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The Flying Winemakers

The term Flying Winemakers was first used in the late 1980’s when referring to winemakers who would fly from region to another making wines. They were a new phenomenon in a very traditional wine world. Most of them were Australians who had been trained to make wine using the latest techniques that had yet to be introduced into most regions of northern Europe.

Their influence changed how wine was made on a commercial scale, that is to say the everyday wines we drink today.

The Flying Winemakers began a golden period for modern winemaking. Lifestyles were changing, supermarkets began to grow rapidly and they created a market for wine. It was a time when wine industry became increasingly global. Consumers were ready for something new.

When I was a wine distributor in the UK, I worked with two of the most well known Flying Winemakers at the time Peter Bright and John Worontschak as part of a team producing wines from Spain, Italy, Chile and Argentina.

Wine from the new world: Australia, New Zealand and South Africa, were growing in popularity. Wines that were clean and fruity were popular with the public particularly in the UK and Scandinavia.

Following the harvest in the southern hemisphere, which takes place in February and March, the winemakers would be contracted to do the harvest in northern Europe.

These ‘back packing’ winemakers worked in a different way that often created tensions with local wineries. For example, telling growers to pick the grapes earlier and be more selective, checking the grapes to ensure they had good levels of acid, essential for making better quality wine. This was a seismic change for many growers.

Traditionally in Spain, Italy and France the amount of money growers received for their grapes depended on the level of sugar in the grapes, if the sugar level was higher the more they were paid. There was no real quality control, the grapes were fermented in open cement tanks at very high temperatures. This result was wines that were at best inconsistent and at worst undrinkable.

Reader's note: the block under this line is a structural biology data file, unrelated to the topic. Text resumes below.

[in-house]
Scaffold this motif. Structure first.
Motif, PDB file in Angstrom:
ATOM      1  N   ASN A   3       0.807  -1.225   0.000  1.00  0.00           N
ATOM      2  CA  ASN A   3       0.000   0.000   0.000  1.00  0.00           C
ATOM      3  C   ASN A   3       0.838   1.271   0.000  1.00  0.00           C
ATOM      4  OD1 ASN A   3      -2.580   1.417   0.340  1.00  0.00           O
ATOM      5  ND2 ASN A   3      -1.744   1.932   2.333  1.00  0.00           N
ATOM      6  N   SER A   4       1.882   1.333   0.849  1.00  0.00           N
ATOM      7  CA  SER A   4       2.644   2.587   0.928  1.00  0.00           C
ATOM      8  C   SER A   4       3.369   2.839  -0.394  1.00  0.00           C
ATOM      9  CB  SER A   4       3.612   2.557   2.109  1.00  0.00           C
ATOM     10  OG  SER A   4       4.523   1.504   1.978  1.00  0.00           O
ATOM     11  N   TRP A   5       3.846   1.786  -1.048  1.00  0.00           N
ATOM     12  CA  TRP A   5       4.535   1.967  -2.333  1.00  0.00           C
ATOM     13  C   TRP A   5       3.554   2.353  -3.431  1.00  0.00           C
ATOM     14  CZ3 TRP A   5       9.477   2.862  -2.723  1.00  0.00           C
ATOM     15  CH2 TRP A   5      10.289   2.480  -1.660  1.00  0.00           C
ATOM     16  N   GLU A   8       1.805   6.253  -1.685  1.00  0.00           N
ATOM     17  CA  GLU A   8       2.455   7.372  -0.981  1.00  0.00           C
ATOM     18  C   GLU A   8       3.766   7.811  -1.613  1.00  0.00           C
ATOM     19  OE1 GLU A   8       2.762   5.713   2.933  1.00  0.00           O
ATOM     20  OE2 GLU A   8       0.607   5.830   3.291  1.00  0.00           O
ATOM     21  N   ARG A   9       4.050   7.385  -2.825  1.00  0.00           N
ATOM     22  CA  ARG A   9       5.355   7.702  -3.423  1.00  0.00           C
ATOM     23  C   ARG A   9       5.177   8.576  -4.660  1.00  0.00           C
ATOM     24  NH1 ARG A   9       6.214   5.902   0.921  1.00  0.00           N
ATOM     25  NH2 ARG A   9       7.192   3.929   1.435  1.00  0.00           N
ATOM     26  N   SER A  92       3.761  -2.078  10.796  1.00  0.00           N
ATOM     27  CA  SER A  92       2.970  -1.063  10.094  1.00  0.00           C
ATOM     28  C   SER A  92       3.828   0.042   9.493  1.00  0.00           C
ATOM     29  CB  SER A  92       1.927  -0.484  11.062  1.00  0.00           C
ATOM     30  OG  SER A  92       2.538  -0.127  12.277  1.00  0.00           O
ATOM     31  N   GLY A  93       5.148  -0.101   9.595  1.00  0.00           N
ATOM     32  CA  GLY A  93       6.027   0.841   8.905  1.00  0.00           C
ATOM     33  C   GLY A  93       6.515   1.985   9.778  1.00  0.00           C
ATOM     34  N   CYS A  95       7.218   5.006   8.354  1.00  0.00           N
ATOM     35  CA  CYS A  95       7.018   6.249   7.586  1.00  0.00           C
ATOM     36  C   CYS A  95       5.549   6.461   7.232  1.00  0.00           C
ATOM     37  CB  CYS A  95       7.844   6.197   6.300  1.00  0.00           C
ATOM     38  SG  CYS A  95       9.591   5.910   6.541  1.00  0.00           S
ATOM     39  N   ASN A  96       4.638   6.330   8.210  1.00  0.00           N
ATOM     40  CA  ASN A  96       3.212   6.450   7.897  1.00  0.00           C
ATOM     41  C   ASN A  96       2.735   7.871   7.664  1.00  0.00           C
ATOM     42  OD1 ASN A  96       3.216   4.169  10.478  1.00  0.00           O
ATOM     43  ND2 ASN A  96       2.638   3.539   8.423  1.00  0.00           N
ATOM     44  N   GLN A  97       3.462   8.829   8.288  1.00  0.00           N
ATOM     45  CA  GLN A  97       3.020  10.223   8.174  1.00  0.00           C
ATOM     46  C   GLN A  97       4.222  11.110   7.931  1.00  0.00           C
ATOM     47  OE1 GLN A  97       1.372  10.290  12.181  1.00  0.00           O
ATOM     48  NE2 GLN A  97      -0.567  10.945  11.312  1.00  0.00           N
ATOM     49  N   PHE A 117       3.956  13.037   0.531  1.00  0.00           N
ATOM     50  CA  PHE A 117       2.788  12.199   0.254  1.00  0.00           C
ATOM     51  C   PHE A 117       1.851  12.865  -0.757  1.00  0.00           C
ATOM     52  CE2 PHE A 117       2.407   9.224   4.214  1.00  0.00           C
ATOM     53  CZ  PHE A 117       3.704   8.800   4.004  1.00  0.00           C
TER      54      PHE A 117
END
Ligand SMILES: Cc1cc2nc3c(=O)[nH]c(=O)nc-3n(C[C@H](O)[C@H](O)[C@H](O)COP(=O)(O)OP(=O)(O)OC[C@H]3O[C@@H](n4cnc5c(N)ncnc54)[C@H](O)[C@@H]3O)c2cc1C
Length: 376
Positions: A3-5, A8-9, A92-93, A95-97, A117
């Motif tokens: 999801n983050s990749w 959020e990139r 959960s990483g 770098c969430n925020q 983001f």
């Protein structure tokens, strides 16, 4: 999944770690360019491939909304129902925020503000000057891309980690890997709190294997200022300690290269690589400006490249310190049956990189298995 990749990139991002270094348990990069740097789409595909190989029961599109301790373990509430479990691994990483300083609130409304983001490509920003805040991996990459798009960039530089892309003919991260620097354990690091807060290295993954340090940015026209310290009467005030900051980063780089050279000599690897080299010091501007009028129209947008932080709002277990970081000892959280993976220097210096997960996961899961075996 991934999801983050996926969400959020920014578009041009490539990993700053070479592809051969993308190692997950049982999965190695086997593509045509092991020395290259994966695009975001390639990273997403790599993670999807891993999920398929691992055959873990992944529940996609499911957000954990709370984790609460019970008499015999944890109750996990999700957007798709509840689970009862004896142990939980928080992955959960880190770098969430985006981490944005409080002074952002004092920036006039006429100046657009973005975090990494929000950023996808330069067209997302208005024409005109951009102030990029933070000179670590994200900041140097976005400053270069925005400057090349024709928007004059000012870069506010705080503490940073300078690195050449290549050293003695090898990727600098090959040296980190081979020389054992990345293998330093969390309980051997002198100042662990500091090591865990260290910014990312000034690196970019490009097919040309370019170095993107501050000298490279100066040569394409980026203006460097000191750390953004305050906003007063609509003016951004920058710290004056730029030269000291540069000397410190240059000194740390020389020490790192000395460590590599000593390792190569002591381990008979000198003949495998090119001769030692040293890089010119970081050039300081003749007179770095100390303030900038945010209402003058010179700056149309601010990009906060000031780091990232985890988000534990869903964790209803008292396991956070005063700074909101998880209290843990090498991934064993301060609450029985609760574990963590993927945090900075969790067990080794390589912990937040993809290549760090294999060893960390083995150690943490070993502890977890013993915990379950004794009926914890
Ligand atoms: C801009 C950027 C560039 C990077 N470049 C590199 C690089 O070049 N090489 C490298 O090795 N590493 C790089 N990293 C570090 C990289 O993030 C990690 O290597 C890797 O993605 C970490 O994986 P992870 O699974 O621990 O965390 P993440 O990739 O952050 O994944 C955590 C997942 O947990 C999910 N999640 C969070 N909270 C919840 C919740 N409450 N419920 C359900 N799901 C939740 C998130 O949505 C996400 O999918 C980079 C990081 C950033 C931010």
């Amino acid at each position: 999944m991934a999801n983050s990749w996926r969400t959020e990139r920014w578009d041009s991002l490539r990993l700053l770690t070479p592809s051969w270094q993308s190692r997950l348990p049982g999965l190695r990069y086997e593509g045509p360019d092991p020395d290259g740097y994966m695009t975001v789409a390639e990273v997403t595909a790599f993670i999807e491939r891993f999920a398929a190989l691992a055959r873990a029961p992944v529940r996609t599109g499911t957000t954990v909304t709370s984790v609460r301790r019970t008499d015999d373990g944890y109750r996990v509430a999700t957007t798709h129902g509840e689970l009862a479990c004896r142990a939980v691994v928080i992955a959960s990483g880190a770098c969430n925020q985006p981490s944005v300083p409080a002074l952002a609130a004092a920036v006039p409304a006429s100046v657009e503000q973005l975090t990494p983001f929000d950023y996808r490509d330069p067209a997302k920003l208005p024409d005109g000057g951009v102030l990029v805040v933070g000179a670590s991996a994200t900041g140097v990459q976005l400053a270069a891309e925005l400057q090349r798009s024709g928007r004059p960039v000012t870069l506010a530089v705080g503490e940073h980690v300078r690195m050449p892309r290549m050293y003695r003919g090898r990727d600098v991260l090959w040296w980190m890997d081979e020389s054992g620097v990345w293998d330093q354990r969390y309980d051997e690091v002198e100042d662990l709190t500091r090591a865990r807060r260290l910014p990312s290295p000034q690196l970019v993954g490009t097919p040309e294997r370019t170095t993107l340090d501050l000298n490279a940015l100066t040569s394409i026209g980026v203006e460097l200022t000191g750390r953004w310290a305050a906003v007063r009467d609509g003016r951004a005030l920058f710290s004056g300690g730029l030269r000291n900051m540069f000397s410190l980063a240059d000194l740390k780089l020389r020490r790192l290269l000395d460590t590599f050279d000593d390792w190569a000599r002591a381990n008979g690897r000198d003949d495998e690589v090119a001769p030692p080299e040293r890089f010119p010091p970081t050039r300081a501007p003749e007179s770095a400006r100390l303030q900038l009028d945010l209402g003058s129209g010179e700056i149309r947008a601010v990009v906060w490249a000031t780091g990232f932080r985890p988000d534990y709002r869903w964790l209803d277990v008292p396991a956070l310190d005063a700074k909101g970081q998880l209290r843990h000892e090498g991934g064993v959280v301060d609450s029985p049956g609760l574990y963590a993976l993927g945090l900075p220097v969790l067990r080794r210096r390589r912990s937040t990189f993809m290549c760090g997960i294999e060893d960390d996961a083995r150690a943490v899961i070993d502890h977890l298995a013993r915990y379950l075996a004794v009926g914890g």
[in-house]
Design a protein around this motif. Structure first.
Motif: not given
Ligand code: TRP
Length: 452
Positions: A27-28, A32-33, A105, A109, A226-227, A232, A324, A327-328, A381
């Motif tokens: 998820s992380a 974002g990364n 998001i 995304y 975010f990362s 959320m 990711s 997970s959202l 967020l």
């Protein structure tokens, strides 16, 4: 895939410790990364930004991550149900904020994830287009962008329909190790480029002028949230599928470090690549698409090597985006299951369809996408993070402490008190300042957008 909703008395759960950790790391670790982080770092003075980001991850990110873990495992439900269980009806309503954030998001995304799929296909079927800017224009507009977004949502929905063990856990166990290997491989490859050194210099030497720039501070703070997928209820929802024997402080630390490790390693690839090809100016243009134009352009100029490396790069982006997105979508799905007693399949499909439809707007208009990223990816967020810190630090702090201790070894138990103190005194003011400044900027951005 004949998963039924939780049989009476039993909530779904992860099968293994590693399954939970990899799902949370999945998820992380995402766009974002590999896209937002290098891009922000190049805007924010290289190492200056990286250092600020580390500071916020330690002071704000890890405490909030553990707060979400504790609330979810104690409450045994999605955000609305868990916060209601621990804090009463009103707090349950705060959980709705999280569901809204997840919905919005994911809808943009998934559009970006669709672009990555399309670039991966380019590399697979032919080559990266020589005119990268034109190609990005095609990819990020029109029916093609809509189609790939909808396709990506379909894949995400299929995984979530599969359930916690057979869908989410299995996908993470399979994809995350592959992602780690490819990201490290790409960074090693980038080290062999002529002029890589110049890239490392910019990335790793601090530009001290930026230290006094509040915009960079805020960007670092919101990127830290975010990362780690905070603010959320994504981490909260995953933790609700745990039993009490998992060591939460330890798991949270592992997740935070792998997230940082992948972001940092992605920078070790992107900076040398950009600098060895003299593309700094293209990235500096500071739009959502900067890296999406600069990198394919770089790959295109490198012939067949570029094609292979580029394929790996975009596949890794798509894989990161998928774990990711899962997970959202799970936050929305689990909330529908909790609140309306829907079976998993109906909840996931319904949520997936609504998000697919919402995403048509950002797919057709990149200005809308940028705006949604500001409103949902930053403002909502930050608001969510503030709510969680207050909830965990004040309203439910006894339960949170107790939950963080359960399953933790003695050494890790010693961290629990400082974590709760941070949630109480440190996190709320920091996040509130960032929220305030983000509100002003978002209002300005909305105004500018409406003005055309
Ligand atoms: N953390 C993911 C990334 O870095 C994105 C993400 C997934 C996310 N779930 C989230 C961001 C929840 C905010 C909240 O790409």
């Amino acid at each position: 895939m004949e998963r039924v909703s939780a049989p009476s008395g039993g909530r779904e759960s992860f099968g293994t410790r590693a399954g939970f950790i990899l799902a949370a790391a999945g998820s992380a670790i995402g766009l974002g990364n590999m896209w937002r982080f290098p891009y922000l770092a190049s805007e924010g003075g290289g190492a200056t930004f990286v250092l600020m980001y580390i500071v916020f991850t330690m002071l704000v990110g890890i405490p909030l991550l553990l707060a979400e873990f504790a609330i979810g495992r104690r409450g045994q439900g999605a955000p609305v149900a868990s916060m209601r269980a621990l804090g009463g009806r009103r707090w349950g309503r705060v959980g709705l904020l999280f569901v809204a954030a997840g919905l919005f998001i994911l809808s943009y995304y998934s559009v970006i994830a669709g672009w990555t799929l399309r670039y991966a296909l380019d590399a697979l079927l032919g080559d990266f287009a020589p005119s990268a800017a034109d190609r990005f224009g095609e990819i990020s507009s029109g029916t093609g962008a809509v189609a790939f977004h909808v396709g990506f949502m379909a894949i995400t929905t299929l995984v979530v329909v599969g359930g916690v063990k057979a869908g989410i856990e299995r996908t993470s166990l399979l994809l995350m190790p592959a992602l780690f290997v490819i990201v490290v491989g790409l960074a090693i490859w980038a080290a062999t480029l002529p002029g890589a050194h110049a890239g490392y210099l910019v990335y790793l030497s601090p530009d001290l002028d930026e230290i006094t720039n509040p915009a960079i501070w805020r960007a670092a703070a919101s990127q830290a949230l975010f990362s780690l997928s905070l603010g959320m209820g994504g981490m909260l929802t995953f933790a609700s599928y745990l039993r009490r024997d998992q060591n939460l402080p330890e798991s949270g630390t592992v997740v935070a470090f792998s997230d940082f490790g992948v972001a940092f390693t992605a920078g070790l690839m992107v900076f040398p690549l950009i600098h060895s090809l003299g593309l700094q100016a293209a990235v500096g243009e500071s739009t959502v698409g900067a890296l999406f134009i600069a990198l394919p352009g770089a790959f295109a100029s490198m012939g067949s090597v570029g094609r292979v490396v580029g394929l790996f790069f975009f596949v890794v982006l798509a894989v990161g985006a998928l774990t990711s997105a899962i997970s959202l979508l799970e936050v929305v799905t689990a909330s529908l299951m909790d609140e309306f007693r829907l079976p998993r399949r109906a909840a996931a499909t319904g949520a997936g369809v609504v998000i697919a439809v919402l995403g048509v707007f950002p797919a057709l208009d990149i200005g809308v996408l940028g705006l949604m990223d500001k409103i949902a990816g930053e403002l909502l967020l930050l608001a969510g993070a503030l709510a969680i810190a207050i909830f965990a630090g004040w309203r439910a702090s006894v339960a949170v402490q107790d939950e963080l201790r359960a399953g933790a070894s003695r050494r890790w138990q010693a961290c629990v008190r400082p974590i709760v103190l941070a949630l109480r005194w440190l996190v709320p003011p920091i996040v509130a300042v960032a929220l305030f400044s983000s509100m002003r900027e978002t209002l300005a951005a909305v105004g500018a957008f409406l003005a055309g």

The itinerant winemakers changed how wines were made especially by using controlled the temperature of the fermentation, much lower temperatures and for longer periods of time. The result was wines that were fresh fruity aromas and were smooth and easy drinking.

However, producing a consistent style of clean and fruity wines was not without critics. Some thought that there was a real risk that all wines were going to taste the same. Fortunately this has proven not to be correct.

Over the last thirty years the wine industry has become much more professional. A generation of winemakers has now grown up using these imported practises, particularly when it comes to better hygiene and quality control.

Nowadays it is interesting to see winemakers around the world travel to work in different countries to experience and learn how others are making wines and to share their knowledge.

Today wine drinkers have never had so many good wines to choose from all around the world.

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I am a Northern Irishman based in Valencia. My career in wine began more than three decades ago, in London. I am the founder of TheWinePlace.es, an online store, where wine enthusiasts can enjoy a selection of international wines and Verde Marte, a company dedicated to exporting Spanish wines. Also, Thewineplace.courses, an "approved program provider" of the courses of the prestigious WSET. I share my passion for wines through my media work writing weekly columns for the Spanish newspaper El Mundo and 5 Barricas, an online wine magazine.

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